Letters I never sent [08]

We have been sharing letters from parents and practitioners over the summer.  The letters we never wrote or perhaps we drafted them but never sent them.

Some of the posts have been anon and some not.  Today’s post is one many parents will relate to.  It is anonymous and I am sure you will appreciate why once you have read it.


Dear Unit Head-teacher

I remember our first visit to your school, A bright vibrant colourful place full of life. The children in the unit (it was a mainstream school with a unit attached for children with SEN that couldn’t manage in a mainstream class) all had a range of disabilities but seemed very happy to be there.

I was still at a stage in my life where I didn’t really understand the enormity of Special Educational Needs other than we had been sent lots of paperwork to complete and return and that a panel of people had decided that my boy needed to attend your school!

I did know that I had no other choice of school at that stage for my boy though!

I also had no idea that a statement was a legally binding document, or that there were organisations out there to help parents like me secure educational provision that fitted the needs of my child. And if I had known about them I wouldn’t have known where to start in asking for that help.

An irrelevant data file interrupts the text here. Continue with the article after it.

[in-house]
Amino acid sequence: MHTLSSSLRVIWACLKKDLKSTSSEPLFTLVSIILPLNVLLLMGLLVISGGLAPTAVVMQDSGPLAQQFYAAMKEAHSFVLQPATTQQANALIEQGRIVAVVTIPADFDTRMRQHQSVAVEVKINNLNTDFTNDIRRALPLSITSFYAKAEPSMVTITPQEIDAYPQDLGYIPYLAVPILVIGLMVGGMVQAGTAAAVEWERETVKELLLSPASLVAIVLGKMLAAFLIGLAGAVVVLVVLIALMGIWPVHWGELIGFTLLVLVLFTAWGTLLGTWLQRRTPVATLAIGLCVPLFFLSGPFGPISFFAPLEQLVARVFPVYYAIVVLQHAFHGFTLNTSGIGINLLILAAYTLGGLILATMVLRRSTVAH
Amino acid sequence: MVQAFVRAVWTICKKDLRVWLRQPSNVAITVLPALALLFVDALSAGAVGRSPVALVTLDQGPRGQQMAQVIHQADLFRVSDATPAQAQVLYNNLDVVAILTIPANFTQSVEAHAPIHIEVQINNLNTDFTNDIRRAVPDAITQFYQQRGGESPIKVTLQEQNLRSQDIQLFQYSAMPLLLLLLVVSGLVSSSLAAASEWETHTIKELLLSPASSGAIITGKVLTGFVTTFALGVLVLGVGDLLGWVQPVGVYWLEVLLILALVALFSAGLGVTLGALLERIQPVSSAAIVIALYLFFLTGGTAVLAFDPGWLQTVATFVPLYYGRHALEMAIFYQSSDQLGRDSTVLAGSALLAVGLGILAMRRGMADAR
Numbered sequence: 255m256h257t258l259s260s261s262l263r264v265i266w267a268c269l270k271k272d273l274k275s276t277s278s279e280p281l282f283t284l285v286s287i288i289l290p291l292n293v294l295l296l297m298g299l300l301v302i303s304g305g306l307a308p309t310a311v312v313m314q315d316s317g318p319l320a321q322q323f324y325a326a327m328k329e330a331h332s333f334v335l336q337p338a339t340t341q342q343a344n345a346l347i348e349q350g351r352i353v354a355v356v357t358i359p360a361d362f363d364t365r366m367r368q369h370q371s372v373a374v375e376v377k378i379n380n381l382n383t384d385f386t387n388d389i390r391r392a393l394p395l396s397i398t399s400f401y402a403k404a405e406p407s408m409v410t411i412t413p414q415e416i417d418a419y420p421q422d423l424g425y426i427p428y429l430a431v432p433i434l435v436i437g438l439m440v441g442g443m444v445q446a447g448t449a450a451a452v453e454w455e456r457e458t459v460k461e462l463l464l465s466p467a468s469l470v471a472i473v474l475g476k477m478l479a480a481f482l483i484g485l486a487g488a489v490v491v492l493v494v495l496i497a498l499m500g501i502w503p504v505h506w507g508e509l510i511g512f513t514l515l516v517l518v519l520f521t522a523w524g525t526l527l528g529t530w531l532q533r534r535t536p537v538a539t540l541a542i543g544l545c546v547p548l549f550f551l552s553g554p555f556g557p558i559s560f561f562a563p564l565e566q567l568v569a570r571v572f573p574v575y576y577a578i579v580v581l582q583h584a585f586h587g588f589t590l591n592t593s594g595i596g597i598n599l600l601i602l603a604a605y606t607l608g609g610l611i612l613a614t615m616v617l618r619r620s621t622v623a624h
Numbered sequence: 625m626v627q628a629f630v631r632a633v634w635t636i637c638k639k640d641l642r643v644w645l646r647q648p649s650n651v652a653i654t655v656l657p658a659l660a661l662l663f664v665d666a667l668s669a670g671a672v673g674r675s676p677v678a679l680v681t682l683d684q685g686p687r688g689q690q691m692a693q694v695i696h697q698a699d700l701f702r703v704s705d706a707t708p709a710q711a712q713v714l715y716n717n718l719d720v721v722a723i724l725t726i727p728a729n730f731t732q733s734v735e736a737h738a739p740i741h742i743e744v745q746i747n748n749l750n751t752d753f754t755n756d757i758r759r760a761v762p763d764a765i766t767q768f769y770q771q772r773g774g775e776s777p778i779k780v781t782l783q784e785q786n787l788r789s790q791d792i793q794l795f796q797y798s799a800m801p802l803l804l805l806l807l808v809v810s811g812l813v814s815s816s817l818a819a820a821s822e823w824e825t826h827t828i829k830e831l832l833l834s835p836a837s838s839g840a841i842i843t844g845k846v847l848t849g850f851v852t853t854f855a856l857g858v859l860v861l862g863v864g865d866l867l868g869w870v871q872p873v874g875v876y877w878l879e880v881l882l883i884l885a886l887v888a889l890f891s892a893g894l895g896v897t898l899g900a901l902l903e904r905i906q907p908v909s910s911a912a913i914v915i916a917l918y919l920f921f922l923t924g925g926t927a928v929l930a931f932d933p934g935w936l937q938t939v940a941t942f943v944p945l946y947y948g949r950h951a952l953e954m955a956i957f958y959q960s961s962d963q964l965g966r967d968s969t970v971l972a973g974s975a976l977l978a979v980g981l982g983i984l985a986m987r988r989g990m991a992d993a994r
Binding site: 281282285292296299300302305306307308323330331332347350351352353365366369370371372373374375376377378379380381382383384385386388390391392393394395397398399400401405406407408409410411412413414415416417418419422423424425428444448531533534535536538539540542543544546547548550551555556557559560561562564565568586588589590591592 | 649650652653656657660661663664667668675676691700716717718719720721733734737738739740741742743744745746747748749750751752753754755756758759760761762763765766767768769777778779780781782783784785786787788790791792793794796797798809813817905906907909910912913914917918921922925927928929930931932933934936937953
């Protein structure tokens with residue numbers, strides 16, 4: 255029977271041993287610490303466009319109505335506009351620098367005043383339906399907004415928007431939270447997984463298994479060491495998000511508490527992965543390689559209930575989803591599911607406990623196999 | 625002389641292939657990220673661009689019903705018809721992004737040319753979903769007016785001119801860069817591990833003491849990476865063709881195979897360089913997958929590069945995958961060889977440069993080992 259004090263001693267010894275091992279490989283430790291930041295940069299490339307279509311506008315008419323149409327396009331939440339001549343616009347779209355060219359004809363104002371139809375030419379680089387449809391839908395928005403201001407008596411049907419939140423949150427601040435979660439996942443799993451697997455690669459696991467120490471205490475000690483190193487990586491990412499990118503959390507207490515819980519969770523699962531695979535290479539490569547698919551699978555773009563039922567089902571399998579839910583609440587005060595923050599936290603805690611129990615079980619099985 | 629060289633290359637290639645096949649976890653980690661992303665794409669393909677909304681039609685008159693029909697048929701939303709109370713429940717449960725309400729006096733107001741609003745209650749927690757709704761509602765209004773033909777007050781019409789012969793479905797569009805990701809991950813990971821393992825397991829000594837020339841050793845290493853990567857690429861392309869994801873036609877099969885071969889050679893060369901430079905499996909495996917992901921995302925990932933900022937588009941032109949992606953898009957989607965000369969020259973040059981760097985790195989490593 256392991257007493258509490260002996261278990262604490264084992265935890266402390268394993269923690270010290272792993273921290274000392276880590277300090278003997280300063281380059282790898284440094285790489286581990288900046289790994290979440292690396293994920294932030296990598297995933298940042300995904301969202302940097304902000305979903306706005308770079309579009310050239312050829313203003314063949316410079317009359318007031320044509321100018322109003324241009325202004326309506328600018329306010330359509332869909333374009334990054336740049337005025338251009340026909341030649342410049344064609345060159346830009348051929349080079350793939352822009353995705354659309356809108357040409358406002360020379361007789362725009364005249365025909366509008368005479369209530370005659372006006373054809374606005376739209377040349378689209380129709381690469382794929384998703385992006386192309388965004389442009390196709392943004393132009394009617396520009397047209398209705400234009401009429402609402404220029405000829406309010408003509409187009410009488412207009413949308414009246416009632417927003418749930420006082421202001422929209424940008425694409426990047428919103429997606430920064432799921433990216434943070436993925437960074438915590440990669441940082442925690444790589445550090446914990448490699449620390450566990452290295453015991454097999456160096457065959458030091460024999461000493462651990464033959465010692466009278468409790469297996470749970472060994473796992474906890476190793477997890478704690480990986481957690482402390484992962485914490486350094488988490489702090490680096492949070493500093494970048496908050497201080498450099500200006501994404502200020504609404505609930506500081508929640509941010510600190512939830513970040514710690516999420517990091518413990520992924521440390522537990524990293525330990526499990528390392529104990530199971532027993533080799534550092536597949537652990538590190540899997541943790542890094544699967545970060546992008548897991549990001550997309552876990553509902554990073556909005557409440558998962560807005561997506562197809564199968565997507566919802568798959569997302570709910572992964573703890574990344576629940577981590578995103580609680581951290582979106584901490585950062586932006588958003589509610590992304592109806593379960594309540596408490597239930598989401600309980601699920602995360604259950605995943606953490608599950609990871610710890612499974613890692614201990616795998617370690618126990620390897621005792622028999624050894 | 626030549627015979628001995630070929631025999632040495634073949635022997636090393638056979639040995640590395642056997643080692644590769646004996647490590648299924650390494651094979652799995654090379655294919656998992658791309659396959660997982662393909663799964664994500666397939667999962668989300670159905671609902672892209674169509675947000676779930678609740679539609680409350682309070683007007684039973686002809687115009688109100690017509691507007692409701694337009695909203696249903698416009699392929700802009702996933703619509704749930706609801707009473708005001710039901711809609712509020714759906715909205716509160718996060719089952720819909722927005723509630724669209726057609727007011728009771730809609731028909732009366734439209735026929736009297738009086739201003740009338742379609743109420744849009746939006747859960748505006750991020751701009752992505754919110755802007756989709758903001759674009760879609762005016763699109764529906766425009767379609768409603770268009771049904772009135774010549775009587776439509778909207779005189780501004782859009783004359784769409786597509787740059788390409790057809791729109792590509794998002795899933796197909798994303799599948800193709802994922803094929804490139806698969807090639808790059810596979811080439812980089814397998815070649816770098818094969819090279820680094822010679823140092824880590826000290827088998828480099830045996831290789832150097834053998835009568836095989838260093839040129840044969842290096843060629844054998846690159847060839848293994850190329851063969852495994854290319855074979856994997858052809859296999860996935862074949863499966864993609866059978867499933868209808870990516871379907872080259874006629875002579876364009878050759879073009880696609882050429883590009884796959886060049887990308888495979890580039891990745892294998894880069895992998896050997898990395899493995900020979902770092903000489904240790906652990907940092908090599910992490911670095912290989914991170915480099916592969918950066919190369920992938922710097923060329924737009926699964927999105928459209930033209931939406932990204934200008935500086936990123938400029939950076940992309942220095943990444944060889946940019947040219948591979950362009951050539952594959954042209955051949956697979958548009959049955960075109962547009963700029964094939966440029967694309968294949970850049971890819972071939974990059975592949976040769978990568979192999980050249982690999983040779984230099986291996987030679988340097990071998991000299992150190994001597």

But most importantly I didn’t know back then that all behaviour was a communication of some sort – One cannot not communicate!

The letter I never sent - Dear Head TeacherSo back to our first visit – all the children that were ‘lucky’ enough to be awarded a place at the your school had been invited to juice and biscuits as a gentle induction. Parents were welcome too!

My son decided he preferred the outdoors and made a run for it – Gone with the wind he was – You may remember.. but I doubt it. I ran after him as I didn’t know how secure the school grounds were outside and you called for backup from other teaching staff.

My son was ‘rounded up’ by some lovely TA’s and brought back to the class at which point you bent down in front of my boy whilst I stood next to him and boomed ‘We do NOT behave like that at this school